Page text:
Inaugural Meeting of the Greater Philadelphia AWS User Group

We are pleased to announce the formation of the Greater Philadelphia Amazon Web Services User Group (GPAWSUG).    This user group is intended to be a collaborative community of AWS end-users sharing knowledge and real-world experience.  All are welcome, including, but not limited to devOps professionals, developers, DBA’s, big data wranglers, and IT executives.   The organizers will schedule bi-monthly presentations of interest to both AWS novices, and experts. Presentations both critical of, and favorable to, AWS products are welcome.

The group’s online home is found on Meetup.com.  Members will be given early access to event seating for future events, and can participate in the group’s online discussion forums and (at their option) mailing lists.  The group’s charter explains the grass-roots philosophy that guides the selection of presentation topics and the rules of engagement.  To summarize:  this is a private members-only group, the membership list is not to be used for marketing, and no product vendor presentations are allowed (excepting, on a limited basis, Amazon itself, as with the inaugural meeting).

Join the Group

Inaugural Meeting

The inaugural meeting of the group will be held on Thursday, September 19, 2013 from 5:45 PM to around 7:30 PM (EST) at Villanova University.  Sanjay Kotechas from Amazon Web Services will discuss how to integrate AWS’ data warehousing product, Redshift, into your solutions.

Light dinner fare (a sandwich bar) will be served.

You need not join the Meetup.com group to attend the meeting, but you must RSVP using EventBrite.

Register via EventBrite

Abstract

Amazon Redshift is a fast and powerful, fully managed, petabyte-scale data warehouse service in the cloud. With a few clicks in the AWS Management Console, customers can launch a Redshift cluster, starting with a few hundred gigabytes and scaling to a petabyte or more, for under $1,000 per terabyte per year. Continue Reading…

Clojure Closures In Java

As part of a team conversation this morning, I worked up a quick Java translation of some more-interesting-than-it-looks Clojure code. It’s a good example of how lexical closures map to objects.

The code we started out with was this:

(defn make-adder [x]
  (let [y x]
    (fn [z] (+ y z))))

(def add2 (make-adder 2))

(add2 4)

What this code does is define and return a new type of function that adds values to the constant x. In Java, it looks like this: Continue Reading…

Nicely Formatted Tabular Output in Java

Occasionally, it’s useful to be able to print nicely formatted tables of data to a textual output stream. This is particularly the case when writing command line tools. To make the output of these tools more readable, any tables they write should have columns that line-up from row to row. The Unix tool ‘ls’ does this when it prints out long form directory listings. In this example, notice how the dates line up, even though the file size column varies in width.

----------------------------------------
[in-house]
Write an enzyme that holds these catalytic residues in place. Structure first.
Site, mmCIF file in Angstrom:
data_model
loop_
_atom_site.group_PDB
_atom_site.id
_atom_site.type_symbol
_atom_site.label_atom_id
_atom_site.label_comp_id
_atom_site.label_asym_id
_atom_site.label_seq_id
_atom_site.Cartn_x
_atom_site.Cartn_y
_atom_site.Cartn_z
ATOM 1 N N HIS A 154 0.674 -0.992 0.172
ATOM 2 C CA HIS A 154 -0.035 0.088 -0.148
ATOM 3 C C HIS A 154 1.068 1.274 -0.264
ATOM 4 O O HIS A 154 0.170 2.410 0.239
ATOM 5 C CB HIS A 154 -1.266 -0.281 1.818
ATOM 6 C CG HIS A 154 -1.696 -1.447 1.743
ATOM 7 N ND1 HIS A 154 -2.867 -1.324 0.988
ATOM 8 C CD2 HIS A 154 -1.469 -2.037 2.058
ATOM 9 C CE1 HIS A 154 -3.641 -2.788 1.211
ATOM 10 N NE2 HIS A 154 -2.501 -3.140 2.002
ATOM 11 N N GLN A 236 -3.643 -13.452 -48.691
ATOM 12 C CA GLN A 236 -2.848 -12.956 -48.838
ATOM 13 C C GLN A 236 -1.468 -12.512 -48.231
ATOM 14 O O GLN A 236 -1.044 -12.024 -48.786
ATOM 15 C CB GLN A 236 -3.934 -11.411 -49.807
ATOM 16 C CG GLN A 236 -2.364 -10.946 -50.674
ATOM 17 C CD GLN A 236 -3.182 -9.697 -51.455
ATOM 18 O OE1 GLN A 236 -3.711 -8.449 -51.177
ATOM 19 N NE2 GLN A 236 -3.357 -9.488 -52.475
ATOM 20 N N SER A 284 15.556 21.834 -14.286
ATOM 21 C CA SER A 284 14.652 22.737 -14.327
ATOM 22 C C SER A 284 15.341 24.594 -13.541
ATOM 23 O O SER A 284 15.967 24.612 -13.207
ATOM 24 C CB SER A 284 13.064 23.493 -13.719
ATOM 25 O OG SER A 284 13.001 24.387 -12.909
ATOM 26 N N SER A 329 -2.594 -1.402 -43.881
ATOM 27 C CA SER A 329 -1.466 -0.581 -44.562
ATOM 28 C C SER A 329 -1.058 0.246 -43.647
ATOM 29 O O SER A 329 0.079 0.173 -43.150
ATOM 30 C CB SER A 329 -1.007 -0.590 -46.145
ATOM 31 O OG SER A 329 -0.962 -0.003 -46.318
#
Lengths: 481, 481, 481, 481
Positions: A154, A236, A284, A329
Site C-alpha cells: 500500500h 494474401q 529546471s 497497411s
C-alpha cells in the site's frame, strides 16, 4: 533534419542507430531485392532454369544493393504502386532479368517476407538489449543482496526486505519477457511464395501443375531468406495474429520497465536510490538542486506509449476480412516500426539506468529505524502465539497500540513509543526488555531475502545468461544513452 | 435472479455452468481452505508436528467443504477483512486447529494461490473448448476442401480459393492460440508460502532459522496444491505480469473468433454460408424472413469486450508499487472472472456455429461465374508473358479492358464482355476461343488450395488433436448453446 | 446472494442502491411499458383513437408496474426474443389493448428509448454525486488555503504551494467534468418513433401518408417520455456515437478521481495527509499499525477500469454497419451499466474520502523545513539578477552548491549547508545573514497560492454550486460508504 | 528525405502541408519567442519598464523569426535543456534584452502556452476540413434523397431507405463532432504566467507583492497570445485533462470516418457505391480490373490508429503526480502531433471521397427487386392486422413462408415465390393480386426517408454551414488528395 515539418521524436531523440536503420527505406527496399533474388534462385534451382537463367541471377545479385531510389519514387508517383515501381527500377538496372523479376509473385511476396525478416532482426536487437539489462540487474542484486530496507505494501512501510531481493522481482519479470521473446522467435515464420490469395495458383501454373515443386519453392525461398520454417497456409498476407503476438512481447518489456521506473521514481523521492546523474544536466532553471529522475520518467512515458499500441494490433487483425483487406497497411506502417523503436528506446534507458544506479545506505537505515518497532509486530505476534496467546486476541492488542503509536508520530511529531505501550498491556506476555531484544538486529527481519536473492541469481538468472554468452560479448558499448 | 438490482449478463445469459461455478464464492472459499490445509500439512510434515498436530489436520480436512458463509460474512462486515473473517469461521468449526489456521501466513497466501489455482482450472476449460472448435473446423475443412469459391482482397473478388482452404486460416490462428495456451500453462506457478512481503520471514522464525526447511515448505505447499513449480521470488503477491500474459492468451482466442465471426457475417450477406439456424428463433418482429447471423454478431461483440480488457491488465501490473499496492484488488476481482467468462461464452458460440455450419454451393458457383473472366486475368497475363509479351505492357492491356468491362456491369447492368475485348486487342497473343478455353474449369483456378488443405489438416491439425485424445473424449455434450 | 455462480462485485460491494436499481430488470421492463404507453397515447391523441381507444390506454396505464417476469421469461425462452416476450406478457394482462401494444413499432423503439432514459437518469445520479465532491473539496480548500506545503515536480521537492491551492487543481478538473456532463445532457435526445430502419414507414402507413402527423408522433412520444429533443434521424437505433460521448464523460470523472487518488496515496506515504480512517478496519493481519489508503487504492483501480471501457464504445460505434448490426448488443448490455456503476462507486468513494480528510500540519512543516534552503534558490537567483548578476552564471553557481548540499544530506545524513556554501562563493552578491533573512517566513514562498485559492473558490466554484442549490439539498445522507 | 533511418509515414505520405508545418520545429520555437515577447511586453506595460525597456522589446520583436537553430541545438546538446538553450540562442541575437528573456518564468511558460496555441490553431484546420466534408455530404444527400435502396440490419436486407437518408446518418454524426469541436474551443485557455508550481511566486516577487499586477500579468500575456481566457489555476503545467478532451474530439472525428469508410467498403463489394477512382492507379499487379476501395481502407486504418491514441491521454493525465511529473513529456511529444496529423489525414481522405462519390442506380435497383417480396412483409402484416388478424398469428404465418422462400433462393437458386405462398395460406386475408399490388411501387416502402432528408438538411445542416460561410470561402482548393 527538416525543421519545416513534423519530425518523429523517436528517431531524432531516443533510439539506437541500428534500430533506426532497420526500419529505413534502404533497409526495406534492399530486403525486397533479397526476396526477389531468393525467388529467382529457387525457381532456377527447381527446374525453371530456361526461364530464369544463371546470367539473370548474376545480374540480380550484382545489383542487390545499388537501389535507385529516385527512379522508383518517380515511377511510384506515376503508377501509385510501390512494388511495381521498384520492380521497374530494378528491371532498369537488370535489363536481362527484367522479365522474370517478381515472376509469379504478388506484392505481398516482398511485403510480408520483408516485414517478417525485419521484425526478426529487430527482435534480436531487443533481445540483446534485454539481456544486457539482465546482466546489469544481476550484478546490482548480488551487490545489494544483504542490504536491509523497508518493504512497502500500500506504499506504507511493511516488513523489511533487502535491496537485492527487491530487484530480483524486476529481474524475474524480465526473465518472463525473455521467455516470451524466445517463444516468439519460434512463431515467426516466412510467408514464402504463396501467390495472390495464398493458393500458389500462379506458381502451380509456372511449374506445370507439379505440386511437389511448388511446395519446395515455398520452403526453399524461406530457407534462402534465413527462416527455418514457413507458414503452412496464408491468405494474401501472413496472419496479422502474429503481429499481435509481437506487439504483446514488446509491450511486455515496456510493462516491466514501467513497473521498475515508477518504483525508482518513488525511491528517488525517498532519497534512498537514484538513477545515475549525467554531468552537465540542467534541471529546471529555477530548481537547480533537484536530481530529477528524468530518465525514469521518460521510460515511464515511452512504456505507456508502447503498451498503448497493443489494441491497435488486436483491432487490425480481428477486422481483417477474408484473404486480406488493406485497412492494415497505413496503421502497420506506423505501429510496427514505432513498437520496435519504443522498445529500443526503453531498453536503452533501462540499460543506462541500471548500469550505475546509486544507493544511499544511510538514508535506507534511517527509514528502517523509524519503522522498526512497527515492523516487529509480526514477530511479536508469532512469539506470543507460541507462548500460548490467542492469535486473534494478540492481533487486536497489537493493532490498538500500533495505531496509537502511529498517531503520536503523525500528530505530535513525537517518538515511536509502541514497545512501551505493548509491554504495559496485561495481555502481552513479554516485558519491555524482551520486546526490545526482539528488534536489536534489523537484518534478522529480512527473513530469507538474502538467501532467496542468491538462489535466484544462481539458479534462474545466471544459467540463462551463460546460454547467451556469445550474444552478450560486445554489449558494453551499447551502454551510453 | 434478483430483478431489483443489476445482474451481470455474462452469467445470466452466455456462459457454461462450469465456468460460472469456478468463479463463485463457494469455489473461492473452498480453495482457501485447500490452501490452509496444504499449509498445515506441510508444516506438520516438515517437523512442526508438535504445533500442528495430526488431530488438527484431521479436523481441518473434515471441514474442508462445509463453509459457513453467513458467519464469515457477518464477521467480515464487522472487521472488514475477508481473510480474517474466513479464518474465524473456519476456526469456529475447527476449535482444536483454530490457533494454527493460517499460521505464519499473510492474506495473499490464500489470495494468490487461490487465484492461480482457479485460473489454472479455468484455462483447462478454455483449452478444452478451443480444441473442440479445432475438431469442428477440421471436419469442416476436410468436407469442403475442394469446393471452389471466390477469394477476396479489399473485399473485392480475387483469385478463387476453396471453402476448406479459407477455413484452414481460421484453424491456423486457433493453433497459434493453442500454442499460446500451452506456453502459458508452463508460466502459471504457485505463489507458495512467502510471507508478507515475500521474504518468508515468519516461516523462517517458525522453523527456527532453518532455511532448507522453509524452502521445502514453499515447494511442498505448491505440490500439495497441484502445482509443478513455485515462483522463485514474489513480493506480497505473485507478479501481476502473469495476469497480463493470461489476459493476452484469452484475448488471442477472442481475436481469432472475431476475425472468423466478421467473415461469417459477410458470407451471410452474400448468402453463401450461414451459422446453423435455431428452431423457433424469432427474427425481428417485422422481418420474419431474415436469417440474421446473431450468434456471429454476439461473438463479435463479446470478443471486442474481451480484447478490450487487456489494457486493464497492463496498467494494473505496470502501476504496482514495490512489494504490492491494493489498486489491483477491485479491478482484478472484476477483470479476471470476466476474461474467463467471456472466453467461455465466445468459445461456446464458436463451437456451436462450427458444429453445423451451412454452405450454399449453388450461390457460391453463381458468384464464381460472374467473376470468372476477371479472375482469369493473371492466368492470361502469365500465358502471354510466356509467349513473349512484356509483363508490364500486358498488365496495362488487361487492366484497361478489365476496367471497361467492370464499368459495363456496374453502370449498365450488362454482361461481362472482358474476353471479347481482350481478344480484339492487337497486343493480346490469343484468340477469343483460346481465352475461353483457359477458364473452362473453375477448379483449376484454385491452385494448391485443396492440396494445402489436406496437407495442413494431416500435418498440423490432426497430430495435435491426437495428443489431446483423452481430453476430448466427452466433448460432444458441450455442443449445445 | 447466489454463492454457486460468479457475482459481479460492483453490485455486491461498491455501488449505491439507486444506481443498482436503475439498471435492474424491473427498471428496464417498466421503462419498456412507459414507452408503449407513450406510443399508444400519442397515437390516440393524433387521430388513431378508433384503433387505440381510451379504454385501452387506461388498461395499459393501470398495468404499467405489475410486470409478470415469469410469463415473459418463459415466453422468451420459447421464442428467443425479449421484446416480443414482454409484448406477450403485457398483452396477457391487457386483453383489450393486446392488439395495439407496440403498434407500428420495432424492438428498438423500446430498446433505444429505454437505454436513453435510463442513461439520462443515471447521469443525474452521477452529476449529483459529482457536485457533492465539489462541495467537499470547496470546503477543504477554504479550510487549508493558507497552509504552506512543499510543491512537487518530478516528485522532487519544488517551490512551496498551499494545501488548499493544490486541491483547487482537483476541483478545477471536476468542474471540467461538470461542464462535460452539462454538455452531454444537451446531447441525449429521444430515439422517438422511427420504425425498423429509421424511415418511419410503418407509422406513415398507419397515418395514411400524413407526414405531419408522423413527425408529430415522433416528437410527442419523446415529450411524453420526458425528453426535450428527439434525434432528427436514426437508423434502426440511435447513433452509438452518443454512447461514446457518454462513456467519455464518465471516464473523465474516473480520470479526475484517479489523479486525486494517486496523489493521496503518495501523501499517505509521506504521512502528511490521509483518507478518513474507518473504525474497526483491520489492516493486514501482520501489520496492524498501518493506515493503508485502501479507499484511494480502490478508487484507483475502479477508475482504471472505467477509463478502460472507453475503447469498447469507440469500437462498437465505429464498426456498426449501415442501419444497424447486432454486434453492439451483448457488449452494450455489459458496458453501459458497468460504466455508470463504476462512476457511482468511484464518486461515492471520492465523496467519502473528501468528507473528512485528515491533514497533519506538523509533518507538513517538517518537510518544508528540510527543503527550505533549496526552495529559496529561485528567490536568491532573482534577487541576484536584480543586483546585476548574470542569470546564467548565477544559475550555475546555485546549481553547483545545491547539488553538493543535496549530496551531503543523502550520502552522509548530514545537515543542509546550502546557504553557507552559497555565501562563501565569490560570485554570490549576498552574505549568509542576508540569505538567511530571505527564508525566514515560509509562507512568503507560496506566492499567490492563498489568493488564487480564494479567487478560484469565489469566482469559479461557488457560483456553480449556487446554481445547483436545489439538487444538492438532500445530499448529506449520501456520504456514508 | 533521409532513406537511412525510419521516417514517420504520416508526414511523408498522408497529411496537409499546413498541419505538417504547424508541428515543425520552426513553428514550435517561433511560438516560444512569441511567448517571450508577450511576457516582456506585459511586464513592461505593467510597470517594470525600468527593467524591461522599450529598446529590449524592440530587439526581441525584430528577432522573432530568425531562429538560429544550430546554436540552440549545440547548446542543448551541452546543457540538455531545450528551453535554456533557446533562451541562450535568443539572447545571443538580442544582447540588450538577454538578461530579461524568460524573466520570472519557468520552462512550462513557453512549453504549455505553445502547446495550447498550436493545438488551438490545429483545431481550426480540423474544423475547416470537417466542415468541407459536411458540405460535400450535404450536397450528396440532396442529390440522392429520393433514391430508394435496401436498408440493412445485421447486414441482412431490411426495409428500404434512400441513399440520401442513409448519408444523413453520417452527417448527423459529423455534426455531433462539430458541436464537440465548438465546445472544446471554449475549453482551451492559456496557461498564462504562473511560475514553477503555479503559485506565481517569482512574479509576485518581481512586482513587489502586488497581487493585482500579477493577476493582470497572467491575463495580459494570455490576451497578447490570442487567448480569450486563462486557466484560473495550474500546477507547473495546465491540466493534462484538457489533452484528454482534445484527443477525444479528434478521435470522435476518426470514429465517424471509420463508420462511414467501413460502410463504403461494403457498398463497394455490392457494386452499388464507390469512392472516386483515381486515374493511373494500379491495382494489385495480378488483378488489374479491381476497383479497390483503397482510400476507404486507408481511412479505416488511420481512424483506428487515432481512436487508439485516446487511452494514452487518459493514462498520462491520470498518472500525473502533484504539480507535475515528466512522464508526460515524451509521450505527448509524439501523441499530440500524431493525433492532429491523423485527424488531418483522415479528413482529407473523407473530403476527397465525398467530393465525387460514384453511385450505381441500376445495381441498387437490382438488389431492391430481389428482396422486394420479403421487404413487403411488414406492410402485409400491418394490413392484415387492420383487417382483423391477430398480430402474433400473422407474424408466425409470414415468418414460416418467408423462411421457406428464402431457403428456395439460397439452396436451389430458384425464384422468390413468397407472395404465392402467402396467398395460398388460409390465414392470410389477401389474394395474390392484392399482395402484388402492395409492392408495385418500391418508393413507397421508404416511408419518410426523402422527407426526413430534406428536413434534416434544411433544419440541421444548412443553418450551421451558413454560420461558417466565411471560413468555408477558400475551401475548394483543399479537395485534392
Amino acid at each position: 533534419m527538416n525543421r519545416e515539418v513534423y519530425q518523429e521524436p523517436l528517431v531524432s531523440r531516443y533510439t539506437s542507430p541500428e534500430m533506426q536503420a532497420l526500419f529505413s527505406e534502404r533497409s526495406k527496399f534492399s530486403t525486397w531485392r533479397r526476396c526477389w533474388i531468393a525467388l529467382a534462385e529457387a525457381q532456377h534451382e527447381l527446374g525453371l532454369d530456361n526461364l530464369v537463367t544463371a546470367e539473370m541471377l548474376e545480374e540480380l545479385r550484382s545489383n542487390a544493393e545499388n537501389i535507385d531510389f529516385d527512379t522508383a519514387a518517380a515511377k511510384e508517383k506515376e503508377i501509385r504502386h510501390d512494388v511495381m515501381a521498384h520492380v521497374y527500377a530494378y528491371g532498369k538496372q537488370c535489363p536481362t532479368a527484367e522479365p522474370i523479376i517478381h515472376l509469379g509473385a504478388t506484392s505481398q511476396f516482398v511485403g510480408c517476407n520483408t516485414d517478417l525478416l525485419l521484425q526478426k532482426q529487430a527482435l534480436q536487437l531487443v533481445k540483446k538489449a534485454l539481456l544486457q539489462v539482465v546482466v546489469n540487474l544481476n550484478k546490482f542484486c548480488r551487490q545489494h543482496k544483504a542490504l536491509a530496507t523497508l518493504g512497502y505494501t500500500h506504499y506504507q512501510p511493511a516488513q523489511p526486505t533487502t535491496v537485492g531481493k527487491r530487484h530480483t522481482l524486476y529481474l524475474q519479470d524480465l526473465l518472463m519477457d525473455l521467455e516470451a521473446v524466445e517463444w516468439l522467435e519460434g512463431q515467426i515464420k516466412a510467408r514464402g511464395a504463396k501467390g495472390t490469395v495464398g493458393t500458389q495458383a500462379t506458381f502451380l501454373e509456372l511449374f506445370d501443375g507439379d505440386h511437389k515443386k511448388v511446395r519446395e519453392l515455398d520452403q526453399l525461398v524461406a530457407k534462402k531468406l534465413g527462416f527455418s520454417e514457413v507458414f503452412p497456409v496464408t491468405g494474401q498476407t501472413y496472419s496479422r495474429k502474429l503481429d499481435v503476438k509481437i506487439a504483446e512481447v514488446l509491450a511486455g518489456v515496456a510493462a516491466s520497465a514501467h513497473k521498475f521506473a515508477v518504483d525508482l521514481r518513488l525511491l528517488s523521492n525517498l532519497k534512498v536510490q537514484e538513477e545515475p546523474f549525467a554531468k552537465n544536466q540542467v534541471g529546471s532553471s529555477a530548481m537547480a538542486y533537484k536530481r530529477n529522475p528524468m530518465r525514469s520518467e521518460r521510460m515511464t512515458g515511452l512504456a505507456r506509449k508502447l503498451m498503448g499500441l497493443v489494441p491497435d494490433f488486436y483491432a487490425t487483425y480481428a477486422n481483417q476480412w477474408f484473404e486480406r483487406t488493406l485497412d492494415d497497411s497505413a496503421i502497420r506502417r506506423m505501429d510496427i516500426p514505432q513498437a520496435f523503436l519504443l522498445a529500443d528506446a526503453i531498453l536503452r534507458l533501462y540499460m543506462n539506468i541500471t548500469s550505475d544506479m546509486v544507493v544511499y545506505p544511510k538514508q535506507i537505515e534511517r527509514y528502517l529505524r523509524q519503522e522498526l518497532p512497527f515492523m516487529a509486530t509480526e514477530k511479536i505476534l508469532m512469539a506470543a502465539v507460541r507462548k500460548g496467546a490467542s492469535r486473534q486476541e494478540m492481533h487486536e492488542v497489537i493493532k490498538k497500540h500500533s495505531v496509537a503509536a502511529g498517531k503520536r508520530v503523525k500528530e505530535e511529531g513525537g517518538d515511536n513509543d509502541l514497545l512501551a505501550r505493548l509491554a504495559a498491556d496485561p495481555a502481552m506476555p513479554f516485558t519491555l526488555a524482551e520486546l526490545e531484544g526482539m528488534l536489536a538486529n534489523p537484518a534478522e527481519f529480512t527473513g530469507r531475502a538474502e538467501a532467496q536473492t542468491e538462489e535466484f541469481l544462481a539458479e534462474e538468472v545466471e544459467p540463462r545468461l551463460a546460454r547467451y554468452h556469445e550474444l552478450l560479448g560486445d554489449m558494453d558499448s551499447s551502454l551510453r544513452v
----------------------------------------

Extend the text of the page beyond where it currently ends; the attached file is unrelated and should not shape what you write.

drwxr-xr-x+ 1 mschaef Domain Users        0 Oct  3 09:20 docs
-rwxr-xr-x  1 mschaef Domain Users 29109013 Oct 10 13:38 file.zip
-rwxr-xr-x  1 mschaef Domain Users    77500 Oct 10 13:17 file2.zip

Continue Reading…

Announcing the Open Source Ernie Report Generator

ernie-small

KSM Technology Partners is pleased to announce the alpha release of Ernie, an open source asynchronous report generator based on the Eclipse BIRT framework.  You can find it on GitHub at https://github.com/ksmpartners/ernie.  There is also an Ernie support forum on Google Groups for the community to ask questions and offer feedback.

For developers, Ernie provides both Scala and Java APIs for:

  • building and maintaining a catalog of reusable BIRT report definitions;
  • running parameterized reports asynchronously to create jobs;
  • interrogating the status of enqueued jobs; and
  • accessing report results in PDF, CSV, or HTML format.

For integrators, Ernie provides a JEE .war implementation that can be deployed standalone, and controlled via a RESTful API. Continue Reading…

Why is Traditional Java I/O Uninterruptable?

One of the best things about writing code in the Java ecosystem is that so much of the underlying platform is open source. This makes it easy to get good answers to questions about how the platform actually works. To illustrate, I’ll walk through the JVM code to show why Java I/O isn’t interruptable. This will explain why threads performing Java I/O can’t be interrupted.

The core issue with interrupting a Java thread performing I/O is that the underlying system call is uninterruptable. Let’s see why that is, for a FileInputStream. Continue Reading…